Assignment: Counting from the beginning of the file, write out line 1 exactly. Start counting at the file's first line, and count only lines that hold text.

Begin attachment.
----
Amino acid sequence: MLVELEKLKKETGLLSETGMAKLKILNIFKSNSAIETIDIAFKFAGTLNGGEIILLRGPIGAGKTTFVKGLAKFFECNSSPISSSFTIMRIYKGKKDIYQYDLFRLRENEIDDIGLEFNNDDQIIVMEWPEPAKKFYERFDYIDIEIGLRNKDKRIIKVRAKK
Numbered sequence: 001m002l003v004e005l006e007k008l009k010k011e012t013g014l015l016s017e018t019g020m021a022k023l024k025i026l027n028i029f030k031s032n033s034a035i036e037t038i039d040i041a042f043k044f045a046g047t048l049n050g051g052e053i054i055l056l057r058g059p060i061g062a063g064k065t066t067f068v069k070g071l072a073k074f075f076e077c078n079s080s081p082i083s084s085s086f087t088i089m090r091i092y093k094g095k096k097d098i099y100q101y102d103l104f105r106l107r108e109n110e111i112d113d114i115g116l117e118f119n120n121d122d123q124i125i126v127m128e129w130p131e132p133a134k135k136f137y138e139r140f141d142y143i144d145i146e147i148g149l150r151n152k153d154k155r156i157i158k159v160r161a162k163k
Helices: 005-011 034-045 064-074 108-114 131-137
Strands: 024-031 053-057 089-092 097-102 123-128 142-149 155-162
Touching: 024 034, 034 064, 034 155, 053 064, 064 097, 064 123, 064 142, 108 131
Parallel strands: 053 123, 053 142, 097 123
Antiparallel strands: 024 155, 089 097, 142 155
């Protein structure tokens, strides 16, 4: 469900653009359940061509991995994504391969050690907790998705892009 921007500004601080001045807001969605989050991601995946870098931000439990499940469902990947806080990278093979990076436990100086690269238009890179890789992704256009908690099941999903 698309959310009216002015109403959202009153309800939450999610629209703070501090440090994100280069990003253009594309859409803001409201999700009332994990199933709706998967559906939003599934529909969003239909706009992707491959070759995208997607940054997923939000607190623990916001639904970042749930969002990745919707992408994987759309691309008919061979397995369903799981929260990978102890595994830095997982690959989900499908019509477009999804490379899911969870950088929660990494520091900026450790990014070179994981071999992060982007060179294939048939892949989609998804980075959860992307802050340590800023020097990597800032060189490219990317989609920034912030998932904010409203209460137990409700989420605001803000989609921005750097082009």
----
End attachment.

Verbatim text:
Amino acid sequence: MLVELEKLKKETGLLSETGMAKLKILNIFKSNSAIETIDIAFKFAGTLNGGEIILLRGPIGAGKTTFVKGLAKFFECNSSPISSSFTIMRIYKGKKDIYQYDLFRLRENEIDDIGLEFNNDDQIIVMEWPEPAKKFYERFDYIDIEIGLRNKDKRIIKVRAKK